Engines need air cleaners if they are to have a long and useful
life. An engine running without an air cleaner is a bit like
one of us drinking water and then eating the glass --- it can
be done but isn't a great idea.
Air filters for Harley-Davidsons vary widely in appearance and
performance. Let use ignore the very subjective issue of appearance
and only consider air cleaner performance.
Air cleaner performance has two aspects: dirt removal and airflow
capacity. If the filter does not remove small-enough dirt particles,
the engine wears prematurely. If it does not pass a large-enough
volume of air, the engine cannot deliver its maximum possible
power output. The trick is in getting both, fine particle removal
and generous airflow, while satisfying styling demands.
Stock "paper," plastic foam and pleated cloth filter
elements can all remove small particles of dirt. The main practical
difference is the size required to both filter well and pass
large amounts of air. The pleated cloth filter passes more air
for a given size than either the factory paper or aftermarket
foam filters. This is the reason for the near-universal use of
the K&N-type filter design in high performance applications.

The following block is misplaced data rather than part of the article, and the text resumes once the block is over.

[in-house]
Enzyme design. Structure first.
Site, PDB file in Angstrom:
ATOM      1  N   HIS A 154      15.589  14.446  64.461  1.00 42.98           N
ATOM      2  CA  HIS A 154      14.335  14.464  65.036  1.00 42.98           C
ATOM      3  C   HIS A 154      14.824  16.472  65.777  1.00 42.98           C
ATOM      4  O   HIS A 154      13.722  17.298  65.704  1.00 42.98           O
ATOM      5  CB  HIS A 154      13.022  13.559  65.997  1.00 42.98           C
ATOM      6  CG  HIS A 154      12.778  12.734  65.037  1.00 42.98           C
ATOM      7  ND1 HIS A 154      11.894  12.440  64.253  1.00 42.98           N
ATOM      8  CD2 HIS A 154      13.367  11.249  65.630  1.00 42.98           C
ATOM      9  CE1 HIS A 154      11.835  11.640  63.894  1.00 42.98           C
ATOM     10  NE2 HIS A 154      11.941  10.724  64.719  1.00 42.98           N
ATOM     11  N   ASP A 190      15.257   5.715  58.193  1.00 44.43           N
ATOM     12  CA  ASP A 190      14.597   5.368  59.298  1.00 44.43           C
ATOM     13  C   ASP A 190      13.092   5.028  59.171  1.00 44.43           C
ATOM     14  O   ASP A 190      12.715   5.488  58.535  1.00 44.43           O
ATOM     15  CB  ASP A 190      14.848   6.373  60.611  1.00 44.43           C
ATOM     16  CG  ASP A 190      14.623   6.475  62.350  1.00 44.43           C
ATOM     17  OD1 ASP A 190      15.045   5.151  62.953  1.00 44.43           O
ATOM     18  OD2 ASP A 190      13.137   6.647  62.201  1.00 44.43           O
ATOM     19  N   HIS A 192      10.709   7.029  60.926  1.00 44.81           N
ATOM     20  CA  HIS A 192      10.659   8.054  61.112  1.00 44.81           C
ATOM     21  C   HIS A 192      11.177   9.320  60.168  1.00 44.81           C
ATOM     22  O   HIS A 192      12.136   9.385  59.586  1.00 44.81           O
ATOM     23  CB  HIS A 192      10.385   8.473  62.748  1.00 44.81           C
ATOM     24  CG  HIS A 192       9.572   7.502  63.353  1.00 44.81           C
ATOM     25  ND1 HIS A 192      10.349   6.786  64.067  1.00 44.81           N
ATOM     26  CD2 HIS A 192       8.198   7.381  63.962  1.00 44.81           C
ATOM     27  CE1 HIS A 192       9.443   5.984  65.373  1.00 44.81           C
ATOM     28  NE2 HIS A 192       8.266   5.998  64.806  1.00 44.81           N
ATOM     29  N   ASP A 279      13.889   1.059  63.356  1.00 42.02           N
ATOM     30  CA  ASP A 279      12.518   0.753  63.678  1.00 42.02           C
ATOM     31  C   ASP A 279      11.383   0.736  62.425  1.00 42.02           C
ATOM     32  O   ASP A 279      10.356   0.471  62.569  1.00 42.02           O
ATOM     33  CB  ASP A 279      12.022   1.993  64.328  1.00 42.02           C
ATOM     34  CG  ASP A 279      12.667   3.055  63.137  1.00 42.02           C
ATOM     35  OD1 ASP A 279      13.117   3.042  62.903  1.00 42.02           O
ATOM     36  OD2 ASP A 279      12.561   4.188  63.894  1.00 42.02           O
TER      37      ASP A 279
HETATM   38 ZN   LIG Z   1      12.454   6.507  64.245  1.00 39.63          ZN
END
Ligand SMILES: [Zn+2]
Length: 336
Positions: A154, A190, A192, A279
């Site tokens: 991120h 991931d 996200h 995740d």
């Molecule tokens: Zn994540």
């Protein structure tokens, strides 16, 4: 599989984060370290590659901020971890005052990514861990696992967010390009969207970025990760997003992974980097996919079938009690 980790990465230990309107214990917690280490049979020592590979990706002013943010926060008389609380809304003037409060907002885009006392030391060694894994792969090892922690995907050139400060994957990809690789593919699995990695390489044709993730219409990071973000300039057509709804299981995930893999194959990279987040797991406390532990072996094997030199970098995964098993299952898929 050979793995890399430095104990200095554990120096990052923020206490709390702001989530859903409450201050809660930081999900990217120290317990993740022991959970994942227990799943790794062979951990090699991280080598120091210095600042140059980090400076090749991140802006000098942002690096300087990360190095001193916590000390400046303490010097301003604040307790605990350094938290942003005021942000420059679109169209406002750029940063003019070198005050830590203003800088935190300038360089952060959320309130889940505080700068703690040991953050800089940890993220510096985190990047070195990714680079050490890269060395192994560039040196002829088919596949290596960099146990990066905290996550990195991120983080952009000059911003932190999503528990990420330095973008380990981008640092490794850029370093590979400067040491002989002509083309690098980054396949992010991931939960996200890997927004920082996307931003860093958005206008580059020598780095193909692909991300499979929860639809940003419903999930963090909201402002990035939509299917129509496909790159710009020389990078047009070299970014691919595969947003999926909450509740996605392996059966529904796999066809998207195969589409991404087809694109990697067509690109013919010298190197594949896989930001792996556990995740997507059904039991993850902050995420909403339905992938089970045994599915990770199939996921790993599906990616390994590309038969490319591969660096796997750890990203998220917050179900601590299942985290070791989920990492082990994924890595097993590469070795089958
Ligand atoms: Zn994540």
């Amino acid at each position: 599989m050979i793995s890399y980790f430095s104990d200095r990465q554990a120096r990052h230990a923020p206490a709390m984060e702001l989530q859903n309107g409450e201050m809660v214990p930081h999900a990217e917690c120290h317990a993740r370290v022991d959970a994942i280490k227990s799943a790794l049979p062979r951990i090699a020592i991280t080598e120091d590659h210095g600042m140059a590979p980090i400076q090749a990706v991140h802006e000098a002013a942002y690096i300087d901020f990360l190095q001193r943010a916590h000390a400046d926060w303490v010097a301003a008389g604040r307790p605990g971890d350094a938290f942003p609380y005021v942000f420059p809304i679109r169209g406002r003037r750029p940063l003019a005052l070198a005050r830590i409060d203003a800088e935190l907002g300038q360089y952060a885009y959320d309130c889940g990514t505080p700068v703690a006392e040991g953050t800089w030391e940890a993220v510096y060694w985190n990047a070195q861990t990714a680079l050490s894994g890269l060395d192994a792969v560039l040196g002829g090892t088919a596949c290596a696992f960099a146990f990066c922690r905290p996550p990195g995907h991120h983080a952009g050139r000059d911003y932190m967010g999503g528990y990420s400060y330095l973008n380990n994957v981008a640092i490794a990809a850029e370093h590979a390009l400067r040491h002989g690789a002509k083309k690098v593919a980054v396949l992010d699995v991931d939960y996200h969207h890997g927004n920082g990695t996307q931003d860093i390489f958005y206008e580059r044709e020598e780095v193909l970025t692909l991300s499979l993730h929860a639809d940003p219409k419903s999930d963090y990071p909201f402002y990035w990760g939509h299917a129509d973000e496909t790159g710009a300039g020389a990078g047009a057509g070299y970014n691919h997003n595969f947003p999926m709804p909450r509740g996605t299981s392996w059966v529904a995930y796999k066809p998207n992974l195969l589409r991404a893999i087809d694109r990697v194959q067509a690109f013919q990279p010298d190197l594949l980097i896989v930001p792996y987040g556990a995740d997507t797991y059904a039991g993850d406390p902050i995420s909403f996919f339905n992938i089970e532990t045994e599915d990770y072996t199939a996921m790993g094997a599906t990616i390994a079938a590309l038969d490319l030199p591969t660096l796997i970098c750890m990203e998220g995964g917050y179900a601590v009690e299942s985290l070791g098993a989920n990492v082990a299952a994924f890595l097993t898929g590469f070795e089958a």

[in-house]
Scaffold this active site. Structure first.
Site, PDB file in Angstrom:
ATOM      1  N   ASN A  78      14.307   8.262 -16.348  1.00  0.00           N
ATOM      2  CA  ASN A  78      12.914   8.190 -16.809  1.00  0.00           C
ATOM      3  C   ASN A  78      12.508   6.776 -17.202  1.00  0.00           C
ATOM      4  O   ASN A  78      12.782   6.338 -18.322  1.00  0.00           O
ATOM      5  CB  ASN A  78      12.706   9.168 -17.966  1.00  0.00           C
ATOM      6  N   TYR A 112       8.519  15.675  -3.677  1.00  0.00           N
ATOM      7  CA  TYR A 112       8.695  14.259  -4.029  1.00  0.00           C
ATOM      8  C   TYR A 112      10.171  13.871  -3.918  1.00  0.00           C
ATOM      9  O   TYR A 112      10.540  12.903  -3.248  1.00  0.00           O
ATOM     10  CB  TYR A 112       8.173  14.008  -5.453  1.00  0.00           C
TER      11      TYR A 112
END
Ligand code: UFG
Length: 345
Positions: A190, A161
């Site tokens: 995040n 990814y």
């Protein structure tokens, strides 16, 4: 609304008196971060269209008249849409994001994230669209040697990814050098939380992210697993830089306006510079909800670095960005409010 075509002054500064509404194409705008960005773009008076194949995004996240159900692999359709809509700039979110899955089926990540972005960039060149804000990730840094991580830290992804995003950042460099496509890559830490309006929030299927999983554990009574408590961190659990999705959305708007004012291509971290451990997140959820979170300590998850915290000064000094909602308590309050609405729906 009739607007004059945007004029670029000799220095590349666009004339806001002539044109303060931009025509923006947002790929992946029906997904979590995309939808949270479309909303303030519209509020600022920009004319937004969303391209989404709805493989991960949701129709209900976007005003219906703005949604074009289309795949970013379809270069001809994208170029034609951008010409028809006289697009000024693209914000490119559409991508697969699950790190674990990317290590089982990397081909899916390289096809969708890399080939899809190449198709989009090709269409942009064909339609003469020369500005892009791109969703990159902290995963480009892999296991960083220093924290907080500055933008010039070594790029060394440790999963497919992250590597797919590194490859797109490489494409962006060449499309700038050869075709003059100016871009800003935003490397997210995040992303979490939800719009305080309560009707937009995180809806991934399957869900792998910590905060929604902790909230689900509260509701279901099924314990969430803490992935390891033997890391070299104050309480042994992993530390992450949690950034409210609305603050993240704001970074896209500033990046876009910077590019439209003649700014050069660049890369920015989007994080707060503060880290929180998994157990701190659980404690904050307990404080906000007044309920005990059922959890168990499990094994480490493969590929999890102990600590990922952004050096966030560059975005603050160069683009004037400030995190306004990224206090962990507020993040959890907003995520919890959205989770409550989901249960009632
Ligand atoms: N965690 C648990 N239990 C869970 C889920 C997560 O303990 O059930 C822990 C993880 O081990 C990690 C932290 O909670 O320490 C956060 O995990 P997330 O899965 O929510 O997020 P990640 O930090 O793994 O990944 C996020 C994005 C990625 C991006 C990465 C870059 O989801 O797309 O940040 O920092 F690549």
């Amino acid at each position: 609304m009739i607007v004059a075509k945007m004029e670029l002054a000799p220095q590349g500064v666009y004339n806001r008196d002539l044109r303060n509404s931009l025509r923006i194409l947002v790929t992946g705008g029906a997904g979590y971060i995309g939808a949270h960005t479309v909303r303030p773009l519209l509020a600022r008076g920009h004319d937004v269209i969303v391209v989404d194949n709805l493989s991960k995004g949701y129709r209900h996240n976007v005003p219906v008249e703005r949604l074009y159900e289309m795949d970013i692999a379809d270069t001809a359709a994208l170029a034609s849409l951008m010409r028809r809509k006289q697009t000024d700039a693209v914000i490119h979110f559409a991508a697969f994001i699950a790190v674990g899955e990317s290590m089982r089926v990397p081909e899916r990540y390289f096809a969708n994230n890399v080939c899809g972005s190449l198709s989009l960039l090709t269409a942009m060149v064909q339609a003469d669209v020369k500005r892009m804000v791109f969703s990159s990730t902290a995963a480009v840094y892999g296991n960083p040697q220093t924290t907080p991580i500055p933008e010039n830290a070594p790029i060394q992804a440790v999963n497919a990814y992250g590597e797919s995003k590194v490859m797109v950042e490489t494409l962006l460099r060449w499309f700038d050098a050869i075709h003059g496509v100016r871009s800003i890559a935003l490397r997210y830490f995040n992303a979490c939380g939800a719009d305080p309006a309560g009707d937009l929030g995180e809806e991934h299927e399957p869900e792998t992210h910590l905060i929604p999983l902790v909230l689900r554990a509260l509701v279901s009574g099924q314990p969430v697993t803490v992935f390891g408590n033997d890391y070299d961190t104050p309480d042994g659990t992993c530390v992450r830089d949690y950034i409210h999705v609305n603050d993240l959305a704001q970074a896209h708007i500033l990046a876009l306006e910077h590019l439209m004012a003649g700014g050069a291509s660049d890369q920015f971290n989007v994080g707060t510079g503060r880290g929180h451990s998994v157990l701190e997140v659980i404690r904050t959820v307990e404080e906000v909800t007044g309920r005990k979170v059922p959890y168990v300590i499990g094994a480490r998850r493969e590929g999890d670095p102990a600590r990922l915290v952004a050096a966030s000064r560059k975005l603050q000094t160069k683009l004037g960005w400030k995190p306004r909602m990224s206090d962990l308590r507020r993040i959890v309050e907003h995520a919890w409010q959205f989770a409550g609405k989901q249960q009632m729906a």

The larger the filter surface area and the straighter the air
flow into the mouth of the Mikuni, the less restriction on air
flow. If the filter is large enough and air flow into and out
of the filter is free enough, there is no significant flow loss
and the engine can realize its maximum power potential. Examples
of such a filter design are the Mikuni 2.5" and 3"
filters. These filters, made by K&N, are large in area. They
point the air flow directly into the mouth of the HSR42/45 carburetor
via a short velocity stack. And, they are shielded from the wind
by a large chromed filter cover. No filter delivers more air
to the HSR series carburetors.
Small area filters, especially if they are both small and made
of foam or paper, limit air flow and, therefore, power output.
Even large filters, no matter what they are made from, cannot
perform well if the filter cover is too close to the filter material.
The ideal filter/cover configuration would allow air to flow
directly (straight) into the mouth of the carburetor.
There is an energy (flow) loss each time air must turn a corner
on its way into the carburetor. This loss may be very small but
it is still there. This is the fundamental reason why very high
performance engines have the straightest possible intake systems.
So, when you choose the filter assembly for your Mikuni HSR carburetor,
please keep in mind that function could be compromised by styling.
The Mikuni filter design is the standard by which to judge other
filters. It flows a maximum amount of air and delivers that air,
as directly as possible, into the mouth of the carburetor.